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To remain competitive, companies have to continually drive down costs while maintaining value in the products and services they offer. One area where companies look to reduce costs is in Business Process Management (BPM).

When it comes to IT expenditures, some companies may invest a small fortune in BPM, while others may simply rely on basic tools, such as spreadsheets and Post-it notes. Regardless of the amount spent, if the tools are hard to use or the process is cumbersome then your business has become shackled and is wasting time and energy.

Back in mid-2014, Oracle was releasing Oracle BPM 11g Bundle Patch 3 and with it, the first version of its BPM REST APIs. That first cut was a good starting point, but it just offered a limited amount of functionality (find my previous post here). In this post, we’ll take a look at the BPM REST APIs version 12.2.1.2, released in August 2016, and see how they evolved after 2 years. 

The BPMN complex gateway's functionality can be duplicated in Oracle PCS using a multi-instance subprocess modeling pattern. 
Instead of using the default process swimlane Application Roles to assign a task to people, the Oracle Integration Cloud's Process Cloud Service (PCS) processes can be made more flexible and reusable when a User task in a process is set to be performed by different people dynamically.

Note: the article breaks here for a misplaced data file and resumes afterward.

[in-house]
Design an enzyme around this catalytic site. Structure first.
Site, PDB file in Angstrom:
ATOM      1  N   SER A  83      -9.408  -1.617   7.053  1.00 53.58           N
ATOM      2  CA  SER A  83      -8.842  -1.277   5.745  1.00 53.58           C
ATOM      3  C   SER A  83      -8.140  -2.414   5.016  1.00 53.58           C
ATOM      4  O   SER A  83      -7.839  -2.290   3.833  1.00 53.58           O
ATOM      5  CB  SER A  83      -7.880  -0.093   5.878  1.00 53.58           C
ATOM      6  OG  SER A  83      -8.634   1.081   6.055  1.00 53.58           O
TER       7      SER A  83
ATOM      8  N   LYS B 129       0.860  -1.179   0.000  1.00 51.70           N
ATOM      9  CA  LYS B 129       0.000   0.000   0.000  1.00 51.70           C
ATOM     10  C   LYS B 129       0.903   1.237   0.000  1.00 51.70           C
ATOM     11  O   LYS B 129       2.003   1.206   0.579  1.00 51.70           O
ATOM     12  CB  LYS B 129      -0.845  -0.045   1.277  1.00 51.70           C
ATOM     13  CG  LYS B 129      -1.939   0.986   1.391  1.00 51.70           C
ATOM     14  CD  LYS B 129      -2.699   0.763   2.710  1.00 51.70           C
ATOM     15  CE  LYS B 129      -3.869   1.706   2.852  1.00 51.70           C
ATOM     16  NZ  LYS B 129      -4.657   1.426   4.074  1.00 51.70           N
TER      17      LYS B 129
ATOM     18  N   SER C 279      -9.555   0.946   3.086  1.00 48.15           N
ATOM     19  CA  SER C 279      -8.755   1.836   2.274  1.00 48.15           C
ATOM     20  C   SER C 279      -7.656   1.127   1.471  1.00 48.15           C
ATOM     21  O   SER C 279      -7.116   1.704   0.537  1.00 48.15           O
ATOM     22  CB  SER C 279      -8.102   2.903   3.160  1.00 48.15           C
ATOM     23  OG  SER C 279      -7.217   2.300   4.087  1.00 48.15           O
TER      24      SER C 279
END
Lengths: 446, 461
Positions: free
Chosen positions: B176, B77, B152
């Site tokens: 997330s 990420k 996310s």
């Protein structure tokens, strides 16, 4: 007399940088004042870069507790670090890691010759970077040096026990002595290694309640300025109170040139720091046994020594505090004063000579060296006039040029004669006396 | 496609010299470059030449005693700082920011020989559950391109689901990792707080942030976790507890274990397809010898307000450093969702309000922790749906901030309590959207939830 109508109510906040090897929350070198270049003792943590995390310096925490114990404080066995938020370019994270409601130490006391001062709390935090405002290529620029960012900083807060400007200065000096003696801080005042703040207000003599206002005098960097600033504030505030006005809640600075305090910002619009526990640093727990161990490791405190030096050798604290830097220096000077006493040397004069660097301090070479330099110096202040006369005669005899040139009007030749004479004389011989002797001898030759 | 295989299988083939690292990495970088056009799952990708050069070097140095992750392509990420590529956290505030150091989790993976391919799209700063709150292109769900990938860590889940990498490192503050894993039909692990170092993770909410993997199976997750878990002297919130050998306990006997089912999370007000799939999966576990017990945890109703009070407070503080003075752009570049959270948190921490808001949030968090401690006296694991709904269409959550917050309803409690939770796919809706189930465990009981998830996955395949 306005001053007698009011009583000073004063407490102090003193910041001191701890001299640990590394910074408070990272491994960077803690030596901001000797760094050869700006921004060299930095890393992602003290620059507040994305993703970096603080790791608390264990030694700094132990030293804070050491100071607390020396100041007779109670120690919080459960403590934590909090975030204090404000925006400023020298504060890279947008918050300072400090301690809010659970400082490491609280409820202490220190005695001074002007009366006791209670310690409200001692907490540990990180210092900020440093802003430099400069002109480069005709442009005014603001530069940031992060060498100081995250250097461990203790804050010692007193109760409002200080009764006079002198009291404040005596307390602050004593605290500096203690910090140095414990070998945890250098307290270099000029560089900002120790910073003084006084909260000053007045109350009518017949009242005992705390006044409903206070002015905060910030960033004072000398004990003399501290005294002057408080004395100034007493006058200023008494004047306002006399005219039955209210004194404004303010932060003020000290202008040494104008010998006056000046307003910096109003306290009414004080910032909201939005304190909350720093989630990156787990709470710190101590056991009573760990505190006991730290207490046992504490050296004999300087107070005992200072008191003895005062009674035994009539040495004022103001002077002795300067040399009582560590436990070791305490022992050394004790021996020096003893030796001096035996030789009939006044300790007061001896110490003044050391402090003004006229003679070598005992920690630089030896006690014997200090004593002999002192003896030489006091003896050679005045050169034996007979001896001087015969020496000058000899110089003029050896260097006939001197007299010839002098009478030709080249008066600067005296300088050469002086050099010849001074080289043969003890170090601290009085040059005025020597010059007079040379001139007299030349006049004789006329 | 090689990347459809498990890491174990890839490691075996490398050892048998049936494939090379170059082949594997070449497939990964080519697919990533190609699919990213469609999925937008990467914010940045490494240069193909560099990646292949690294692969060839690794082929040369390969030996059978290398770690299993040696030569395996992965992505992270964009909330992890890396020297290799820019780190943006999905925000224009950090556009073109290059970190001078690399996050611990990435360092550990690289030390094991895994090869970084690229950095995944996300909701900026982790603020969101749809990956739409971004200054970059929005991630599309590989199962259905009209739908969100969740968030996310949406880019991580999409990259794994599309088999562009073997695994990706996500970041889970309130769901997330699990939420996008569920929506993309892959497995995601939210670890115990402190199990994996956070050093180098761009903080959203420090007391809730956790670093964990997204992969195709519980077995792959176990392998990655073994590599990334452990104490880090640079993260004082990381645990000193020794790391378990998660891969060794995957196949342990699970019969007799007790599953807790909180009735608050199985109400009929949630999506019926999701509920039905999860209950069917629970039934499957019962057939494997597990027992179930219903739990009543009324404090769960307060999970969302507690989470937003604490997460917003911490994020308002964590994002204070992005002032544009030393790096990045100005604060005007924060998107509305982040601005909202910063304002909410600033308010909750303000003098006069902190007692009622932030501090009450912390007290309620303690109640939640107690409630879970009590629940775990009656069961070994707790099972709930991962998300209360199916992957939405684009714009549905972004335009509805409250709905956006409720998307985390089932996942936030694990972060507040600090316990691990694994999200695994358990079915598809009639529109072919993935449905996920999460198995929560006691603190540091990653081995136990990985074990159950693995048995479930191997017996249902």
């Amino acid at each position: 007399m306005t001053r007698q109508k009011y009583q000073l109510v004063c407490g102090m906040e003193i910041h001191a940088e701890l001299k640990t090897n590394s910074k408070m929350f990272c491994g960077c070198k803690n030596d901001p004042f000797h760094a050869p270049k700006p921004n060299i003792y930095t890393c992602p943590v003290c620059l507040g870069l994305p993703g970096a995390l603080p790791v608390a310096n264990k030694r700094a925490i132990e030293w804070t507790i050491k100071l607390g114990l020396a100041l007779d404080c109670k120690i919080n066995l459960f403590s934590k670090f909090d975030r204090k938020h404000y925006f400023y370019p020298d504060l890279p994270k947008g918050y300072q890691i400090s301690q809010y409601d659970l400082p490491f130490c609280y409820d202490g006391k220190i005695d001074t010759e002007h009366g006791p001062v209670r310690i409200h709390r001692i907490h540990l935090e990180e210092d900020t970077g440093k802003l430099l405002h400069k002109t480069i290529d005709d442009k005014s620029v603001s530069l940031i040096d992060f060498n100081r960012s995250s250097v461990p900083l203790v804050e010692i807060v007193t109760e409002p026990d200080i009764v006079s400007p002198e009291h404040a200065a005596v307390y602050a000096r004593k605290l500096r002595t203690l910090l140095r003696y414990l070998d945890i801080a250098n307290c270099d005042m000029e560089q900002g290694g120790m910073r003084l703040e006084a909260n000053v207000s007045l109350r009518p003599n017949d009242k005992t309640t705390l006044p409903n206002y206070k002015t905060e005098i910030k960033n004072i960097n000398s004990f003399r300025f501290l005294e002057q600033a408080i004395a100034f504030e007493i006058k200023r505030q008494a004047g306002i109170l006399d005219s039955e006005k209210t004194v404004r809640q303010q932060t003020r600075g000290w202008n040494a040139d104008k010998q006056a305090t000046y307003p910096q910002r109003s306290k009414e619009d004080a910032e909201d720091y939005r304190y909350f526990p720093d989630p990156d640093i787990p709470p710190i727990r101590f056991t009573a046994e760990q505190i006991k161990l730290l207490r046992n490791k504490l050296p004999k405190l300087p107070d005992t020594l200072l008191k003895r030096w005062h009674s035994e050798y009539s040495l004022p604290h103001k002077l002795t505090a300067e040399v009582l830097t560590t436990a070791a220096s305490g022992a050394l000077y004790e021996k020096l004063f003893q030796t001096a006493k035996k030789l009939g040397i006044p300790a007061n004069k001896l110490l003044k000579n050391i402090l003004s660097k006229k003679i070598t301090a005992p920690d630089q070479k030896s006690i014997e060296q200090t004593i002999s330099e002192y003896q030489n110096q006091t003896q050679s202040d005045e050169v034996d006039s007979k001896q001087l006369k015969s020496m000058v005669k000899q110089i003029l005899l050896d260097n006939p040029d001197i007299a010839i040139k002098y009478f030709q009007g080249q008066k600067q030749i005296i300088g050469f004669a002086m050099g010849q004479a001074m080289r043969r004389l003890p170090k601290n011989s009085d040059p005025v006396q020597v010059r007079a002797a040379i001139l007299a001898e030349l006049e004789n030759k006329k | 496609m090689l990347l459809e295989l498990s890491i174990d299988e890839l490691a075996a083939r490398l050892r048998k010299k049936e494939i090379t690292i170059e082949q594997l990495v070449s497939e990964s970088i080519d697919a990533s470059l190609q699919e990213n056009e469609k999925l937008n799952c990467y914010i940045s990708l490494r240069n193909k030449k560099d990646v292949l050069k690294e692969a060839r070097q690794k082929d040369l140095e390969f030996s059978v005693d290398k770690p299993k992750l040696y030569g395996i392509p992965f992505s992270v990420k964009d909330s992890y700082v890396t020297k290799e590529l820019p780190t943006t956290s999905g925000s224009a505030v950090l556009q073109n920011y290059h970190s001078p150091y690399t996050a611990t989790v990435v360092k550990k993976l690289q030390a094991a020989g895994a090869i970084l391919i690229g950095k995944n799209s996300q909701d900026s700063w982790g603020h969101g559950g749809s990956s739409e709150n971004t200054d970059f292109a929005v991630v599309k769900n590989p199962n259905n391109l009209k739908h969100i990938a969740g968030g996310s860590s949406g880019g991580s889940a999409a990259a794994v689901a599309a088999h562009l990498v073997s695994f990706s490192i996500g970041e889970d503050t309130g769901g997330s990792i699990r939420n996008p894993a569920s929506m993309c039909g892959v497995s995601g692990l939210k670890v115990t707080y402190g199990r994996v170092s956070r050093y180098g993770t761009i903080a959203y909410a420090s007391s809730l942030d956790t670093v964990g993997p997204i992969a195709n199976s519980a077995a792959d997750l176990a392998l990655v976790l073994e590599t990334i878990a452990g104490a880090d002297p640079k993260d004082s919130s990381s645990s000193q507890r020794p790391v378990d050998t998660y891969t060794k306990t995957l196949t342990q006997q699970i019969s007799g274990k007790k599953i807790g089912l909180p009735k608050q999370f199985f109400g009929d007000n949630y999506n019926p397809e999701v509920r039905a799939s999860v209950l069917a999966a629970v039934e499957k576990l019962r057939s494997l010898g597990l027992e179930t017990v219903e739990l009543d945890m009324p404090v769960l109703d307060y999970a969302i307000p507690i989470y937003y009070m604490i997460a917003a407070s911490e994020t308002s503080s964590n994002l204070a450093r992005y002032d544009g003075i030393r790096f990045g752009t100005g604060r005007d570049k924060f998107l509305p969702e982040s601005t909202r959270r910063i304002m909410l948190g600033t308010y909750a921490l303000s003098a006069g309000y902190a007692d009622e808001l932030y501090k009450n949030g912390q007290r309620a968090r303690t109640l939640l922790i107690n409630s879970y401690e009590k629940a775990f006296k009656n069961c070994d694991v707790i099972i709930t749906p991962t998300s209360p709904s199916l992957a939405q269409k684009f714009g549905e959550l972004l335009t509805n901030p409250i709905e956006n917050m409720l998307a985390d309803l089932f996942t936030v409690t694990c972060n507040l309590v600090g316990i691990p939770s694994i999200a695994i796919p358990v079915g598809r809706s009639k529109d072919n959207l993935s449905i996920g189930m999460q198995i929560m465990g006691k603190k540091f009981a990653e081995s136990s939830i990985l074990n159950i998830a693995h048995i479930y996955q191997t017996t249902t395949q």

This blog explains why some exceptions are not caught by the error boundary events in PCS and why this is not necessarily a bad thing.
The 4-Eyes Principle is the term used when you want to insure that a task is approved by more than one person. This blog explains how excluding previous lane participants from approving tasks in a process that they approved upstream is done differently in Oracle BPM 12c processes than it was in 11g.
Process initiator end users are finding PCS notification emails filling up their inboxes. This describes how to stop the confusing and unnecessary emails.
People are often confused when it comes to creating and using flex fields in Oracle BPM.  A while back, I'd written a blog on public flex fields, but this blog discusses protected flex fields, some best practices and a how to avoid a bug when using them.
There is an issue adding link fields to PCS 17.2.3 forms using the new web form design tool. At runtime, the value stored in the link's data element is lost once the form is submitted. This describes the problem and provides a fairly simple workaround.
One of the difficulties organizations initially have after installing Oracle BAM 12c is determining how to define the security levels and permissions for its different types of users. Oracle BAM has both coarse grained security defined at the application role level down to very fine grained security defined at individual BAM artifact and data object row level.
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